“We are of the view that as inflation slows down, and post-lockdown operations scale up across the country, FY21 is expected to offer better prospects for the banking sector at large on account of increased economic activity. The RBZ is expected to maintain a tight grip on liquidity reducing some of the downside risk of another run of inflation which was affecting viability in the regulated sector,” it adds. 

“On the other hand, the central bank has also announced that banks that access the Medium-Term Bank Accommodation facility (MBA) can only on-lend the proceeds from the MBA Facility at a maximum 10% above the borrowing rate to ensure recovery of the productive sector effectively putting an interest rate cap of 40%. The material concentration of NMBZ loans and advances is within the services and agricultural sector and depending on their exposure to the MBA facility, this might mean limited return for the bank. 

“With stricter credit vetting measures, we do not foresee a drastic upswing in lending activity at the bank especially for retail clients with loans expected to grow 46% to ZWL$5.47bn. We forecast that interest income will continue punching below its weight in the composition of revenue in the short term. Net interest income for the period is anticipated to reach ZWL$839.41mn, up from ZWL$410.58mn reported in FY20.  It is our view that digital banking fees will continue to drive revenue as the banking experience moves from the brick-and-mortar business model and therefore forecast fee and commission income of ZWL$2.04bn for FY21, up from ZWL$815.54mn recorded in FY20. Revaluations in land and buildings should start to soften on account of stabilising exchange rates.”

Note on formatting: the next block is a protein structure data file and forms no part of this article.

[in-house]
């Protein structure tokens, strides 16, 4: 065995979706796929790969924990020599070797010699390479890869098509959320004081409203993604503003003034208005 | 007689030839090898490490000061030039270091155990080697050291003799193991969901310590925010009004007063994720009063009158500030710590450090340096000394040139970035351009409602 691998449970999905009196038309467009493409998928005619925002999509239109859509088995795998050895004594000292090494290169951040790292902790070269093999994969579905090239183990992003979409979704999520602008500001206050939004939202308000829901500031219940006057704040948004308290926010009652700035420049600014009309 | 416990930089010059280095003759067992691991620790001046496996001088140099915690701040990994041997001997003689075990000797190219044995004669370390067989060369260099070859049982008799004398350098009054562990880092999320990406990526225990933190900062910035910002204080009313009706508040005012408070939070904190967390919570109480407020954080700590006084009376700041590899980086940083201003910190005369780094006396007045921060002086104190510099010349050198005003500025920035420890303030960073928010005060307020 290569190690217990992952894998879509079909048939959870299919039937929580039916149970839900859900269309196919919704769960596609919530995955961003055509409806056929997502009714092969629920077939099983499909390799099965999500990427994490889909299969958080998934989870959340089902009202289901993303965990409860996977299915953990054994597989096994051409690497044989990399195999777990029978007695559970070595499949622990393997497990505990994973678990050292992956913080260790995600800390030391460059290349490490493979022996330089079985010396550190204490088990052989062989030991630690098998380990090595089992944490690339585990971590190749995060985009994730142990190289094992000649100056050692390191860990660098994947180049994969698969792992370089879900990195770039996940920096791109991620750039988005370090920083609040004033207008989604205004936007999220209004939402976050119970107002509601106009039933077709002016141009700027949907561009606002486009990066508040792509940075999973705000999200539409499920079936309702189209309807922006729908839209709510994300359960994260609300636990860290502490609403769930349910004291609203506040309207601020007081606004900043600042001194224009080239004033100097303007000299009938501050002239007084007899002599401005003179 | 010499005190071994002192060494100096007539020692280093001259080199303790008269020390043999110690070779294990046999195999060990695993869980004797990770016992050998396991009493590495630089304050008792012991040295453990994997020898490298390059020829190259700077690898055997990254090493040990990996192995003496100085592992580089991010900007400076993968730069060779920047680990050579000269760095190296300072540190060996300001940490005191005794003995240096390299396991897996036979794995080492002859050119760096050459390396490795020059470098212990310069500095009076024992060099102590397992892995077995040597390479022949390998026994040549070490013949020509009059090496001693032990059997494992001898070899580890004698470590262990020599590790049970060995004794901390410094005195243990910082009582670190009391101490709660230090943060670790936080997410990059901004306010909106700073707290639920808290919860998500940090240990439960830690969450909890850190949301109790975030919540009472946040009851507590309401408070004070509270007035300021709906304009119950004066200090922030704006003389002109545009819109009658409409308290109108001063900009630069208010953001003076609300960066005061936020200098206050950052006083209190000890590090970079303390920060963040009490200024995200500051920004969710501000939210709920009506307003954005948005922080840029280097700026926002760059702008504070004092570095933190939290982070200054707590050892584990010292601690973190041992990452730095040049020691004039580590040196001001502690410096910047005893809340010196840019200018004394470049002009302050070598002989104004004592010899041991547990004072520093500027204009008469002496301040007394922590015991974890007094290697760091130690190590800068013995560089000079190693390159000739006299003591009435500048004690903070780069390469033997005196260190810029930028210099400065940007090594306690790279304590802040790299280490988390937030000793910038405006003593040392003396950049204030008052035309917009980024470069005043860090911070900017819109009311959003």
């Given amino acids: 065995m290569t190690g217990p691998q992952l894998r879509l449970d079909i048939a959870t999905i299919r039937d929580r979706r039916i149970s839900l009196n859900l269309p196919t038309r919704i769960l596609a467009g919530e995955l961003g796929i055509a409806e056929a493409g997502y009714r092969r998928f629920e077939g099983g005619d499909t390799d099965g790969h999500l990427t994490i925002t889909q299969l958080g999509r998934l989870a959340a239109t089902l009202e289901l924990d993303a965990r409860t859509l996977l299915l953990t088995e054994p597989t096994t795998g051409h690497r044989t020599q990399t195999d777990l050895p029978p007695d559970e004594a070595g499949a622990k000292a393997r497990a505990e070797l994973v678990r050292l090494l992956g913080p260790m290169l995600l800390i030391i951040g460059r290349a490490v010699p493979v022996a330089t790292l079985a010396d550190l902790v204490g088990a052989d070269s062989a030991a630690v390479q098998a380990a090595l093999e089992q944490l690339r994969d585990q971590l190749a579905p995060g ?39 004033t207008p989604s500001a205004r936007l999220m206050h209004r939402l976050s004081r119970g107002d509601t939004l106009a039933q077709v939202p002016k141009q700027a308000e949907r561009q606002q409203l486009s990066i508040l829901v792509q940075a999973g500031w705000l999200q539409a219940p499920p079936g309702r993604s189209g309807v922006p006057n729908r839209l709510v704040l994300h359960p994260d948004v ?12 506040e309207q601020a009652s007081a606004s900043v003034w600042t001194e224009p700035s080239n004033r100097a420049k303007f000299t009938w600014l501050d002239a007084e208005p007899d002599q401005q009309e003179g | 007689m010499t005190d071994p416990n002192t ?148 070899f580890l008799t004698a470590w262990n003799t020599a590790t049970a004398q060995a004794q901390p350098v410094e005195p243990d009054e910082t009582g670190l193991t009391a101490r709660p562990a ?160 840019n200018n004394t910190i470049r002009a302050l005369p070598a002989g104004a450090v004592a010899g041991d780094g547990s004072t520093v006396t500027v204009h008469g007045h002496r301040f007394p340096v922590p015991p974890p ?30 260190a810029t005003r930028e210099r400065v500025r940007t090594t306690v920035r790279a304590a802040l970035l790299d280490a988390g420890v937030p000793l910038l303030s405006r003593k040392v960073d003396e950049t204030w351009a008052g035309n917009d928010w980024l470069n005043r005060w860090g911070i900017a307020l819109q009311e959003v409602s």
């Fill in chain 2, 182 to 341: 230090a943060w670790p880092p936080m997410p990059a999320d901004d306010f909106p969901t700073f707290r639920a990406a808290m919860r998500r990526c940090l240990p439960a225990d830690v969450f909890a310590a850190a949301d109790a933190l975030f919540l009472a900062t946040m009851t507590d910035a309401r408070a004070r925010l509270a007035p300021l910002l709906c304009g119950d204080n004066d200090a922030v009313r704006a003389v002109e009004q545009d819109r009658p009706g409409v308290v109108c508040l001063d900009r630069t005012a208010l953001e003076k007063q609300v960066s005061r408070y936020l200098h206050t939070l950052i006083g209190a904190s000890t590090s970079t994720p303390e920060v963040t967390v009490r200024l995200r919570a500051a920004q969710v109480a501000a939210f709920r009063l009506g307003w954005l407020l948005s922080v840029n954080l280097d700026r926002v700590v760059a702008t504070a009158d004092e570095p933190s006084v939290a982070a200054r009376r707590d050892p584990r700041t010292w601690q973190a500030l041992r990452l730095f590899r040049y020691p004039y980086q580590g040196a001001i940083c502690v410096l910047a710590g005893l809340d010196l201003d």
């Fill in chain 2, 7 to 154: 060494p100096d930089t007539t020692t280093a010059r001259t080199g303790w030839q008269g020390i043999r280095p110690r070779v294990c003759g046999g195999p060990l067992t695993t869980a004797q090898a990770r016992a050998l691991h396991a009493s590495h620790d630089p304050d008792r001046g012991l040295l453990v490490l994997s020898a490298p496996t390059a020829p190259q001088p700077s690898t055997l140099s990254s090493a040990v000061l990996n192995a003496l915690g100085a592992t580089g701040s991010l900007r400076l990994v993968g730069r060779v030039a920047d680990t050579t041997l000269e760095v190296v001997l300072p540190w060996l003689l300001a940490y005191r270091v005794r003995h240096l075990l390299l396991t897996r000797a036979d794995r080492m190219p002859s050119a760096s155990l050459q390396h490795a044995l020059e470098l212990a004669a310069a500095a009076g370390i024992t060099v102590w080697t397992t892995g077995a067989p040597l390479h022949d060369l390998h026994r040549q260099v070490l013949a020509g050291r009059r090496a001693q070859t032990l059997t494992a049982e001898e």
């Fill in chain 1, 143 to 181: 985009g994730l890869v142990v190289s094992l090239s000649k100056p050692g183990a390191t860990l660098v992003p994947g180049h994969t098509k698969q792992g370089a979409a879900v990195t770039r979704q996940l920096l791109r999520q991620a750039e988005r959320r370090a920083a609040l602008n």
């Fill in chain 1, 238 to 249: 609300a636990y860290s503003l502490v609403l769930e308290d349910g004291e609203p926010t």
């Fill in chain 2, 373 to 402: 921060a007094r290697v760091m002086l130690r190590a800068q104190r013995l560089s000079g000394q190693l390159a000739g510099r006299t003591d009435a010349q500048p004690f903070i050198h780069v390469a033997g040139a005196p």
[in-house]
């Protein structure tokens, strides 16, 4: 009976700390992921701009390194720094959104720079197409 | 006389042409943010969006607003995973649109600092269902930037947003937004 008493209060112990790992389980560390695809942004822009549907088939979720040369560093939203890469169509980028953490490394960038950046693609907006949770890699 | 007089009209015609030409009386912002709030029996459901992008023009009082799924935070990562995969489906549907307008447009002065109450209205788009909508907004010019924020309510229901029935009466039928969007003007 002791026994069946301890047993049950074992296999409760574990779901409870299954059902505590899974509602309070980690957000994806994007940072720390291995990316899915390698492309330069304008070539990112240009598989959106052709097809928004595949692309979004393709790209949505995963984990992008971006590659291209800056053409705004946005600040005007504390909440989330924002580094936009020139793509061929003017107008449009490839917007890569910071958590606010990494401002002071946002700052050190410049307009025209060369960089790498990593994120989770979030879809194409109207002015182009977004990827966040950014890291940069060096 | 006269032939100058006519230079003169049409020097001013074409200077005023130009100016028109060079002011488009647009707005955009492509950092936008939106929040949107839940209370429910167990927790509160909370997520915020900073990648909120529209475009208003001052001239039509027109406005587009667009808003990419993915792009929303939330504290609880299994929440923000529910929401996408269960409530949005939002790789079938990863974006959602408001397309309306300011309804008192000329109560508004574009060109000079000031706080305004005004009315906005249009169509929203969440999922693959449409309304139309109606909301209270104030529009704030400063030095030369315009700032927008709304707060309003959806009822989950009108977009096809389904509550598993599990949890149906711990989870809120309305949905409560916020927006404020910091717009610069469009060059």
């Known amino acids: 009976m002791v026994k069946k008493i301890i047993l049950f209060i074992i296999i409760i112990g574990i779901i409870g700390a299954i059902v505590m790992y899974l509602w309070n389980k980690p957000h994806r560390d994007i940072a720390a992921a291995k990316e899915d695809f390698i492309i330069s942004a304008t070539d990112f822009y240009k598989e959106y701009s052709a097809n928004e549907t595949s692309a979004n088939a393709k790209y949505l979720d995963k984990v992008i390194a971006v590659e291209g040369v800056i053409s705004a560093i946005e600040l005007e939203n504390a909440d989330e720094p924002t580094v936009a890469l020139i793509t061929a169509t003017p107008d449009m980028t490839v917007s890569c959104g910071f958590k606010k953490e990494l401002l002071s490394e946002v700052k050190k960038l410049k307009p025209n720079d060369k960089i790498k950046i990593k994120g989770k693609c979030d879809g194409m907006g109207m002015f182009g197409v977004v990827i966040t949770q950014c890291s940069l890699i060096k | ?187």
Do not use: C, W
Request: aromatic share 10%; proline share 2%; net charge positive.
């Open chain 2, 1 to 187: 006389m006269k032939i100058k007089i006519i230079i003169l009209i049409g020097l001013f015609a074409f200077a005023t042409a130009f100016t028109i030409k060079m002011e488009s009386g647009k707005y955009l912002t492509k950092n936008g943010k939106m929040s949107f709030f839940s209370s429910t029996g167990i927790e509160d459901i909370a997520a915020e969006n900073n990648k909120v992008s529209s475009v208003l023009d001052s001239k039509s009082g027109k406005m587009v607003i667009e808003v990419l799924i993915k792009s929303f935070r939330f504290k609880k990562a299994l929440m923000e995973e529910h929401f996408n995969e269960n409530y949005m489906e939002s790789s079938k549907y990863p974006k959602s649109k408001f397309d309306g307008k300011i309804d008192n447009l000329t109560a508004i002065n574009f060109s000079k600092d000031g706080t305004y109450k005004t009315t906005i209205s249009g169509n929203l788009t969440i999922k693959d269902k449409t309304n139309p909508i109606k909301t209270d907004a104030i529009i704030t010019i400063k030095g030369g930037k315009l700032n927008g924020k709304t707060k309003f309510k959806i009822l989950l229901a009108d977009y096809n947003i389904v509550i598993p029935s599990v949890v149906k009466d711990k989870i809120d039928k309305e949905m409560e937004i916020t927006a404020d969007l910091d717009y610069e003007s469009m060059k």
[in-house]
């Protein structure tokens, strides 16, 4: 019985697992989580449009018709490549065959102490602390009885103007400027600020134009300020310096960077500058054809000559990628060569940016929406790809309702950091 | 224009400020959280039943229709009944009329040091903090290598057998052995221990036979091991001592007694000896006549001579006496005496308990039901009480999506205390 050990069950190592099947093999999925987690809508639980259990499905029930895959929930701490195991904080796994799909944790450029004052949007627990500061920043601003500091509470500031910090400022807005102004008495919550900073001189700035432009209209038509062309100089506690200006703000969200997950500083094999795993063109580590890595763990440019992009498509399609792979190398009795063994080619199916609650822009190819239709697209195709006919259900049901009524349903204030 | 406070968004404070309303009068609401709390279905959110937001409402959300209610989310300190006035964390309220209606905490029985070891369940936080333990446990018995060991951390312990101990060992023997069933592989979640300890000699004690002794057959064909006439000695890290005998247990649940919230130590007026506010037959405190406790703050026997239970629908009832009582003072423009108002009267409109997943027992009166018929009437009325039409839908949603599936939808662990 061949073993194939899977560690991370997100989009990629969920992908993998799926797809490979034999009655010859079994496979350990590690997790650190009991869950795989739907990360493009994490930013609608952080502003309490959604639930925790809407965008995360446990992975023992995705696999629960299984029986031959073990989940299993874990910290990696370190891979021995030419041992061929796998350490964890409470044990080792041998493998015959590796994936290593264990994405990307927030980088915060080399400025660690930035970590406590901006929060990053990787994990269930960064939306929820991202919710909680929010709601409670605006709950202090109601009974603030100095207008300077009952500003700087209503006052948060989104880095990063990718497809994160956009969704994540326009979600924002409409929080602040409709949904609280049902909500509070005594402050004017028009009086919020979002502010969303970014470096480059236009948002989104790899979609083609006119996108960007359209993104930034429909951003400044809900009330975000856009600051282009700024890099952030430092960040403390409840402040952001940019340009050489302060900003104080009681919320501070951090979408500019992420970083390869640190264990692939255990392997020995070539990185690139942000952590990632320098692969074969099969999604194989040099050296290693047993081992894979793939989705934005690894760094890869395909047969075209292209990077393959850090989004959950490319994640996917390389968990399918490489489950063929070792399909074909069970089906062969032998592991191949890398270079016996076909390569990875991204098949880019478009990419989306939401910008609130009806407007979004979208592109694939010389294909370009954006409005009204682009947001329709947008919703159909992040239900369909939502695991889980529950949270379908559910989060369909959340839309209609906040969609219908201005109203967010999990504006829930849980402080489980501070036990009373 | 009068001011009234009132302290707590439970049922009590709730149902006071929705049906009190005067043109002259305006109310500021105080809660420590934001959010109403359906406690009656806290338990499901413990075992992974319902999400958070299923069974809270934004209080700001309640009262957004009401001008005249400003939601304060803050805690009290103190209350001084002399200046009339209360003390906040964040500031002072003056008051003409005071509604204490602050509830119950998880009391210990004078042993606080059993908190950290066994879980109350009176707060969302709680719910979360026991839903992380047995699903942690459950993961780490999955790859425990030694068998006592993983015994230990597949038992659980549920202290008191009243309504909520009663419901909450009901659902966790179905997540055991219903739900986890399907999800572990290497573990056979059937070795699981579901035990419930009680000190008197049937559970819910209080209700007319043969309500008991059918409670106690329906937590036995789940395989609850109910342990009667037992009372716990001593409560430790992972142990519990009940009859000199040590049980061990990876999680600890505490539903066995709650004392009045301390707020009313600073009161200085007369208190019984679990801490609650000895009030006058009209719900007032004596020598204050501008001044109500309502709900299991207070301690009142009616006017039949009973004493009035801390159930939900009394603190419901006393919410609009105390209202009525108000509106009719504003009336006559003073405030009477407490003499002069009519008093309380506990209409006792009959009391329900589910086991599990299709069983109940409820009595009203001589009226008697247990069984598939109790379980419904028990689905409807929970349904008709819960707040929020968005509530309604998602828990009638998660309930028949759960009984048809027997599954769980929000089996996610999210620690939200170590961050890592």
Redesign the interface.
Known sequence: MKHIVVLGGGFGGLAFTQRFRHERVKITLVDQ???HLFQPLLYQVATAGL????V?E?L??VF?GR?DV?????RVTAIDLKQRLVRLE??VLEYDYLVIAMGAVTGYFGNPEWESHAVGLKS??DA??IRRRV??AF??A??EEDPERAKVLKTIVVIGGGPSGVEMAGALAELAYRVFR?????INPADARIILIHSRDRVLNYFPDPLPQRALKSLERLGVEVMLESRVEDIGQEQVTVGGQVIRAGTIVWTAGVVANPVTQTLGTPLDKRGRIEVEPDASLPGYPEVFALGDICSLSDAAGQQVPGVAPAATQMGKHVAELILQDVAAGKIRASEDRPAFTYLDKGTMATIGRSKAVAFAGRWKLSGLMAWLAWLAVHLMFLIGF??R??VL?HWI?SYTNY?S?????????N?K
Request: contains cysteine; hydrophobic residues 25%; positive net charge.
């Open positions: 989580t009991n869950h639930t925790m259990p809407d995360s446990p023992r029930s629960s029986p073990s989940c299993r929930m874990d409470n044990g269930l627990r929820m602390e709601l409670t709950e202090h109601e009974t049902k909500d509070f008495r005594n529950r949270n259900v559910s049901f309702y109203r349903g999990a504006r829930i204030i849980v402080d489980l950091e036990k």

The IH Securities report says NMB income will grow significantly.

“We are anticipating total income to close at ZWL$3.51bn for FY21, up from ZWL$2.67bn in the comparable period. We believe that operating expenses moderate on assumption that inflation maintains its current downward trajectory,” it notes. 

“We have therefore forecast opex of ZWL$1.05bn for FY20, up from ZWL$814.19bn in FY19.  Overall,  for FY20  net  income is  expected  to remain  flat  at ZWL$1.84bn,  marginally  up  from ZWL$1.81bn posted in as we do not explicitly expect a repeat of the tax credit in FY20. Deposits are expected to maintain an upward growth trajectory as a result of the bank’s aggressive deposit mobilisation efforts in pursuit of the broadening of the Bank’s target market segments. 

“We forecast a sharp correction in RoaE (return on average equity) from 91.4% in FY20 to 42.6% in FY21 and RoaA to moderate from 30.3% to 14.6% respectively. We estimate that NMBZ trades on a P/BV (+1) of 0.83x and P/E (+1) of 2.37x versus regional peers at P/BV 0.88x and P/E (+1) 2.87x. Resultantly, using a combined DDM and Static ROE model, we come to a target price of $9.85, yielding a downside  of  9.63%  at current levels. We therefore place a HOLD rating on NMBZ.”–Staff Writer